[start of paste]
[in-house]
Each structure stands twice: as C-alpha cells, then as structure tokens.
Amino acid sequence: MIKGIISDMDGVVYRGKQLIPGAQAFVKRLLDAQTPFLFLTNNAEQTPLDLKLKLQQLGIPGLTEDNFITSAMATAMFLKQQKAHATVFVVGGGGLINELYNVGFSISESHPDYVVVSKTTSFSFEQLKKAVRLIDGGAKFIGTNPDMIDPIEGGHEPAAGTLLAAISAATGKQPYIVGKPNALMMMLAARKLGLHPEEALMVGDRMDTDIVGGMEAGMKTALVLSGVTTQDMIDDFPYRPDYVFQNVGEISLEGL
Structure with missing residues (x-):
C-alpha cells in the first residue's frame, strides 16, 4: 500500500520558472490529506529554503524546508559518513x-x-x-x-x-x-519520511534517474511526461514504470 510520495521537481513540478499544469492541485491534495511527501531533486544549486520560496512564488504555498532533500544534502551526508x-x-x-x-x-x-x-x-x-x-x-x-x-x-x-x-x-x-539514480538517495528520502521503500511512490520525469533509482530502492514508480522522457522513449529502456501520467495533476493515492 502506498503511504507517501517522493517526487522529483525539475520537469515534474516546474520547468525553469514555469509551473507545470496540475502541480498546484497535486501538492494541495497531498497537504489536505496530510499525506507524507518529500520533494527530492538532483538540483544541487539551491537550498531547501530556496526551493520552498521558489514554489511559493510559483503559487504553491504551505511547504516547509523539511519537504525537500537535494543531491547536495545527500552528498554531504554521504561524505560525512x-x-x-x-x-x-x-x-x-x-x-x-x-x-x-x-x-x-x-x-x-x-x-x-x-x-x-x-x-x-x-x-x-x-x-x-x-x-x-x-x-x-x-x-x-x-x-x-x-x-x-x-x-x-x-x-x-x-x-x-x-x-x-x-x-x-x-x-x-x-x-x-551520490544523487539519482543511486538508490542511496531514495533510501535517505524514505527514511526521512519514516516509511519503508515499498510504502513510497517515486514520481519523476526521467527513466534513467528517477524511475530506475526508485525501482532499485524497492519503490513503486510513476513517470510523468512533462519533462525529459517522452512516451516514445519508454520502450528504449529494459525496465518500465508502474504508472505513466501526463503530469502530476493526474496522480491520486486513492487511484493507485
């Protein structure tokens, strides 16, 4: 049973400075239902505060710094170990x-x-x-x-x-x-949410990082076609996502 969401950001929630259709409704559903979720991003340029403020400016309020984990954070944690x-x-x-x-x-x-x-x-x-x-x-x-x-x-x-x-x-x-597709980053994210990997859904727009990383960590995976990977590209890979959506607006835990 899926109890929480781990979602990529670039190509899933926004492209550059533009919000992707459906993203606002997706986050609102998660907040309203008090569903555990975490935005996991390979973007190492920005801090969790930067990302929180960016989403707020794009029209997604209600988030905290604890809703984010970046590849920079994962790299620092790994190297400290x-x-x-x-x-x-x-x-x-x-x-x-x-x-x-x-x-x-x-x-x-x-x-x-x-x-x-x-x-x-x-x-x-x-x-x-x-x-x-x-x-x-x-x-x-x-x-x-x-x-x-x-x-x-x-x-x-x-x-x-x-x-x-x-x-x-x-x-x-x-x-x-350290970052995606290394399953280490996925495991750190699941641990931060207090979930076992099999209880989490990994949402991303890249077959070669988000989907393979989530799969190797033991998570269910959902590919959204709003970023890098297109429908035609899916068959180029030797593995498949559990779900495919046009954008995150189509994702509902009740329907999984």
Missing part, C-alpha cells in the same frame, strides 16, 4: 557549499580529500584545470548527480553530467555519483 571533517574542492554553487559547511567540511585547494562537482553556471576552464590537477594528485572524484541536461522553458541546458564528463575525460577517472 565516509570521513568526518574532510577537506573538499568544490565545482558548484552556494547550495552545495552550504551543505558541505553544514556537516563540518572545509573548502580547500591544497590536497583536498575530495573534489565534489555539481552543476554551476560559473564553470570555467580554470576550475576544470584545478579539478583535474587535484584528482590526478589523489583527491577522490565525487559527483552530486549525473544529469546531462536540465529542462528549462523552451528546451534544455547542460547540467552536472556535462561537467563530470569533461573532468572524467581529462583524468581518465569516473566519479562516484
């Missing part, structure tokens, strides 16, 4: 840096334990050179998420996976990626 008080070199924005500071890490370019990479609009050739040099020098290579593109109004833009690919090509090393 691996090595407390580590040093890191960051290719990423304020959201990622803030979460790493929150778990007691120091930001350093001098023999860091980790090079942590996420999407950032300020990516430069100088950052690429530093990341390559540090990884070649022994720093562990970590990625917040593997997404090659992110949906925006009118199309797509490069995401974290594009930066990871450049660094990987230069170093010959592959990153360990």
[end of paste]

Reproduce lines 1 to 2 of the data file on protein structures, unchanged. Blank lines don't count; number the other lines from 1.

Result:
[in-house]
Each structure stands twice: as C-alpha cells, then as structure tokens.